Douglas-fir is one of Canada’s oldest living tree species and can live to be over 1000 years old.  A lot of them are so tall that you can’t even see the tops of them no matter how much you crane your neck.  The “Big Tree” is the park’s largest at 76 metres tall and 9 metres around.  There is a sign at the park comparing it to the Leaning Tower of Pisa- the tree dwarfs it!

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The “Big Tree”-can’t even see the top!

Mike is a forester so he taught me all about the different things we were seeing as we wandered the tree shaded paths. A neat thing we saw was a nurse log, which is a fallen tree that provides nutrients to other seedlings as it decomposes.  Eventually, the seedlings grow and there will be a tree growing on a tree!

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A nurse log.

Although it doesn’t take long to walk the short loop through the forest, Cathedral Grove delivers a sense of calm.  Mike described it as feeling like an old spirit was present.  There are not too many places in the world that have trees as tall and as old as the ones here.  Cathedral Grove is most definitely a special place.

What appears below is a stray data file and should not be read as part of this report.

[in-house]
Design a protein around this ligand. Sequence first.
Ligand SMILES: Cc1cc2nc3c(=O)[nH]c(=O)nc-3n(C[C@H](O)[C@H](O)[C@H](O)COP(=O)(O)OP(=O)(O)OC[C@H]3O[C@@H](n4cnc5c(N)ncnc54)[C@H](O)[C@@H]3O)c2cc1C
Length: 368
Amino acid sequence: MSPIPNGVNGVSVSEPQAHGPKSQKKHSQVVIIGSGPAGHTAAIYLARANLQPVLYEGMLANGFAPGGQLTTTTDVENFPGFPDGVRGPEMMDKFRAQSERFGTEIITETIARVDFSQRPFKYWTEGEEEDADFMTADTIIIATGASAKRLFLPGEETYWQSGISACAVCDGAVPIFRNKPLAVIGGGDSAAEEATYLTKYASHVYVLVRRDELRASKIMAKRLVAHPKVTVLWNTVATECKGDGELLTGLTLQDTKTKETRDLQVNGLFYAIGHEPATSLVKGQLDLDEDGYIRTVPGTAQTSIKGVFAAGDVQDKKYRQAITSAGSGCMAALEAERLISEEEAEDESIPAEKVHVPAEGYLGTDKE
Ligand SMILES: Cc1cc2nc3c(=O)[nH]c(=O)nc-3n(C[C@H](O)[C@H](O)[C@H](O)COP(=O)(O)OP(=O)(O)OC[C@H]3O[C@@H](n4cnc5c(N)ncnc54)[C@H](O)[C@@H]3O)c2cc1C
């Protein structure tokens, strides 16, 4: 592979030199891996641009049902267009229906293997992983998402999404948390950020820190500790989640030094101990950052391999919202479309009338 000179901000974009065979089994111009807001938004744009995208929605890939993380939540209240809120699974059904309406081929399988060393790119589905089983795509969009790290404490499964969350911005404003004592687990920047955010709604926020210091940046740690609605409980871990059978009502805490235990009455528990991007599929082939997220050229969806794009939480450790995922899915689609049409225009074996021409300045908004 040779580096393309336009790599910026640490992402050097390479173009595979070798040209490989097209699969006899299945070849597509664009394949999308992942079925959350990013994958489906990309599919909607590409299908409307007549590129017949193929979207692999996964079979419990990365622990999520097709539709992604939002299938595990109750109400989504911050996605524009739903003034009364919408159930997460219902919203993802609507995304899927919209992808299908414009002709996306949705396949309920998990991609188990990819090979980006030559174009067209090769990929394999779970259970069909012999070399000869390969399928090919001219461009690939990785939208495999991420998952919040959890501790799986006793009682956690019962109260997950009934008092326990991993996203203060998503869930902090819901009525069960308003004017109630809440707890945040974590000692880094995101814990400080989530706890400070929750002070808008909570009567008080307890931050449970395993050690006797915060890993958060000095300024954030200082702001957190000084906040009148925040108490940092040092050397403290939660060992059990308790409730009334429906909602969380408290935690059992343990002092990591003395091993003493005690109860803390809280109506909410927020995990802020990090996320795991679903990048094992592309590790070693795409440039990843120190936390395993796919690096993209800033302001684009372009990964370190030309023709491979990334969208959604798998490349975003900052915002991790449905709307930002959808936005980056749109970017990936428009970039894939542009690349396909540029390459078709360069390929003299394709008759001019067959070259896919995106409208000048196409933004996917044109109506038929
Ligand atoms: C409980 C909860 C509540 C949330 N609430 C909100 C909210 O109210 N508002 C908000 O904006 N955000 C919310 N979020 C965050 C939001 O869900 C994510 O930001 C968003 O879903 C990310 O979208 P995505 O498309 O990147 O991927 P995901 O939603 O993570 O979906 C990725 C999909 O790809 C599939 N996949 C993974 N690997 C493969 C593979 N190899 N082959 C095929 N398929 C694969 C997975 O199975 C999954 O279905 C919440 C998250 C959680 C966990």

Tofino: Bella Pacifica Campground on MacKenzie Beach

Bella Pacifica is probably one of the best located campgrounds we have ever been to!  It’s surrounded by trees, right on the ocean with direct access to gorgeous MacKenzie Beach.  It’s wonderful to walk out of your tent in the morning and have the beach just steps away.

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We spent a lot of time just walking down the long sandy beach and hiking up onto the bluffs overlooking the Pacific Ocean.  

Unfortunately, being on the coast, the weather was overcast and chilly so there was no sun tanning for me.  A shame really, because the beach was so nice!  At night, a lot of people head out onto the sand to build a campfire.  It’s quite the sight to look down the beach and see all these campfires scattered along.  A campfire on the beach is so romantic!  Technically, there is a municipal by-law prohibiting fires on the beach, but we didn’t run into any problems (but don’t say we didn’t warn you!)

We made our reservation well in advance because Bella Pacifica is a really popular camping spot, for good reason.  If you want to be one of the lucky ones who get a beach front site, avoid disappointment by booking months in advance.  Oh, and be prepared to pay a premium- $40-50 per night during the peak summer season.

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DAY 2 & 3- Explore Tofino and Pacific Rim National Park

There are a lot of great places to go exploring in the Tofino area.  Surfing, seafood, wildlife viewing tours, hiking and more is all at your fingertips!

Village of Tofino

Literally at the end of the Pacific Rim Highway, you will find the small village of Tofino.  A timber and fishing a town, Tofino is now a popular spot for visitors wishing to take in the beauty and adventure of Clayoquot Sound.  Tofino offers a world class local food scene, thrilling physical adventures, stunning natural beauty and a rich community heritage.travelyesplease.com | The Ultimate Vancouver Island Road Trip